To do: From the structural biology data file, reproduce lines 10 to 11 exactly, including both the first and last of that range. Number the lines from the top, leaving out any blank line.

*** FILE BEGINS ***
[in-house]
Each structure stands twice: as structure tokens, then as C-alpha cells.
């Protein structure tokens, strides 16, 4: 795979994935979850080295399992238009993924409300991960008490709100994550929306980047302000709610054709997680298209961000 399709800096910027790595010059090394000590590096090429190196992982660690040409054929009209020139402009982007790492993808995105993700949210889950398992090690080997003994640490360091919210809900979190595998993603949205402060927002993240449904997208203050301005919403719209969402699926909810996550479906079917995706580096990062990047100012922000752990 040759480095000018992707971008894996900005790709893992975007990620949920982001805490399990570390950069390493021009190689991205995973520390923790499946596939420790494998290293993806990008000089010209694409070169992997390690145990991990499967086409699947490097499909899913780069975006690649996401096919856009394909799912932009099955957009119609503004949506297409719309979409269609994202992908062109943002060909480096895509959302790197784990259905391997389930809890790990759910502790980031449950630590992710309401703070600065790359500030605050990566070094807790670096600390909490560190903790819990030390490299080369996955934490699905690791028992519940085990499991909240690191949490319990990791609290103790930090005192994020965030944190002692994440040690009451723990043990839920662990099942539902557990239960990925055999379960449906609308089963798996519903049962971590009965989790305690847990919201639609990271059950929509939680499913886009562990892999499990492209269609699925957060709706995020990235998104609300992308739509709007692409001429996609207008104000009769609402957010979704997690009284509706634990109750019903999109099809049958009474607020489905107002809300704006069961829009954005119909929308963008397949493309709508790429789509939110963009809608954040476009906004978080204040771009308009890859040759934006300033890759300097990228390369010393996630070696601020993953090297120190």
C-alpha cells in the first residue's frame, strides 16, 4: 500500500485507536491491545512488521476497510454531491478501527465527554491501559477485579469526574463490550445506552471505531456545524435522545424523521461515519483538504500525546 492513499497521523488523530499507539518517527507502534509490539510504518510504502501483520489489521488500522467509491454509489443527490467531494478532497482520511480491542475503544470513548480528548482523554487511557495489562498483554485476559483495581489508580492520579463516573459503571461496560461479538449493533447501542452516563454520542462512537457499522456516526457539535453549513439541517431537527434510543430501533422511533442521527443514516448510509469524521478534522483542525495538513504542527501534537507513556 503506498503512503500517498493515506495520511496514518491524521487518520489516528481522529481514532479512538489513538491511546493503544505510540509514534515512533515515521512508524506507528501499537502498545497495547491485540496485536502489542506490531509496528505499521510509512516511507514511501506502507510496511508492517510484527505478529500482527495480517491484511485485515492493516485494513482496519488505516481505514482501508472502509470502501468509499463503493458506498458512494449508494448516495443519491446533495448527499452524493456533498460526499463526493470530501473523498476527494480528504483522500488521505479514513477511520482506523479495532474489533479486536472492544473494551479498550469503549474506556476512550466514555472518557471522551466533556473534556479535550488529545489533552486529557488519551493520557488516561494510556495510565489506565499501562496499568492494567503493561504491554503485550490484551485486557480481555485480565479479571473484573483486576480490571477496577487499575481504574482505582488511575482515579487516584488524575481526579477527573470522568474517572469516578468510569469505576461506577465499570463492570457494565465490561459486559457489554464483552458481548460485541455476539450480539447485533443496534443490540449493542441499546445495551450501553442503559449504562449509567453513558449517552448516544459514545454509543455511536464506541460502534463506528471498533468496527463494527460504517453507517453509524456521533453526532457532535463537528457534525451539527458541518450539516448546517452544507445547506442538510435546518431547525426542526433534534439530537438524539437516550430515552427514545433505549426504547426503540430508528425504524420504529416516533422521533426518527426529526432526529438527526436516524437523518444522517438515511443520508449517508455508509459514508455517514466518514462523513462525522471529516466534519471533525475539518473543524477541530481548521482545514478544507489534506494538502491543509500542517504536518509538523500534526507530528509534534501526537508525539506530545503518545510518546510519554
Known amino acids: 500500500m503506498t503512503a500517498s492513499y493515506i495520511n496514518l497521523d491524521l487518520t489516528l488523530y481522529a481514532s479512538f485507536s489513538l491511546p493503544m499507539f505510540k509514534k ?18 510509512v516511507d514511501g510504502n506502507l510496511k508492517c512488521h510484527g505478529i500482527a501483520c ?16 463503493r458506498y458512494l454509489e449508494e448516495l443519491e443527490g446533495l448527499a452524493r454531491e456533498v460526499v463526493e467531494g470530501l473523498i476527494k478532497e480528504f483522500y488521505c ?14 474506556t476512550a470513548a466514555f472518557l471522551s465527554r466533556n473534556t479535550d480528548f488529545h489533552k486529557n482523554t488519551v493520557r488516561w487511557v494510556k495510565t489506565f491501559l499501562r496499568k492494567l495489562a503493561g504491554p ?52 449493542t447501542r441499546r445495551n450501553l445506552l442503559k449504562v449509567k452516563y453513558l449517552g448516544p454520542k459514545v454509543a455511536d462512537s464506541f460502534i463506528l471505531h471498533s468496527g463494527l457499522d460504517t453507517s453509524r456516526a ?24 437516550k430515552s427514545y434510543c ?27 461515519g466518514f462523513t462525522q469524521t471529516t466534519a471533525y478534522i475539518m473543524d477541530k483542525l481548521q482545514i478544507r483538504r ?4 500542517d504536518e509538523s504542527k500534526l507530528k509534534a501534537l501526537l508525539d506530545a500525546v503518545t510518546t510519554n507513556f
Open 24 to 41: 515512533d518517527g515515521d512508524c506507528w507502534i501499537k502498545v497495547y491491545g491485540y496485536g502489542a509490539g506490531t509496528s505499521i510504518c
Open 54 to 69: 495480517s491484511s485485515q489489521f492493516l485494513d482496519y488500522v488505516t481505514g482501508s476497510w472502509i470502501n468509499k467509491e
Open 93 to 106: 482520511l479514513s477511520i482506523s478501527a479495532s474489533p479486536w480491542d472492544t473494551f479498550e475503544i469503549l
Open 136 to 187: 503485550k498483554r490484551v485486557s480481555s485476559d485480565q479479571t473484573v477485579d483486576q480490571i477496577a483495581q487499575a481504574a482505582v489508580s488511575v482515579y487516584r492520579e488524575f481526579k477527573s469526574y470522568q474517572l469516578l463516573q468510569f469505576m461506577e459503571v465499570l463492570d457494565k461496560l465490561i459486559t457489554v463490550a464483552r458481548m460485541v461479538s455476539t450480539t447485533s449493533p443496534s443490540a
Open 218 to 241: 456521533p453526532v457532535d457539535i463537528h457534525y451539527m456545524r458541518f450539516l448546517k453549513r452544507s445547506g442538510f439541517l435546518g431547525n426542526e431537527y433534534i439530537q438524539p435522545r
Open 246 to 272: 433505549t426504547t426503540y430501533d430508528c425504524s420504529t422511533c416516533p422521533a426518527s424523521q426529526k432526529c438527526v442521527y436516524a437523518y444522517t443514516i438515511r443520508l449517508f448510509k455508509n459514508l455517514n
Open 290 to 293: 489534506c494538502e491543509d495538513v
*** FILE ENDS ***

Open 218 to 241: 456521533p453526532v457532535d457539535i463537528h457534525y451539527m456545524r458541518f450539516l448546517k453549513r452544507s445547506g442538510f439541517l435546518g431547525n426542526e431537527y433534534i439530537q438524539p435522545r
Open 246 to 272: 433505549t426504547t426503540y430501533d430508528c425504524s420504529t422511533c416516533p422521533a426518527s424523521q426529526k432526529c438527526v442521527y436516524a437523518y444522517t443514516i438515511r443520508l449517508f448510509k455508509n459514508l455517514n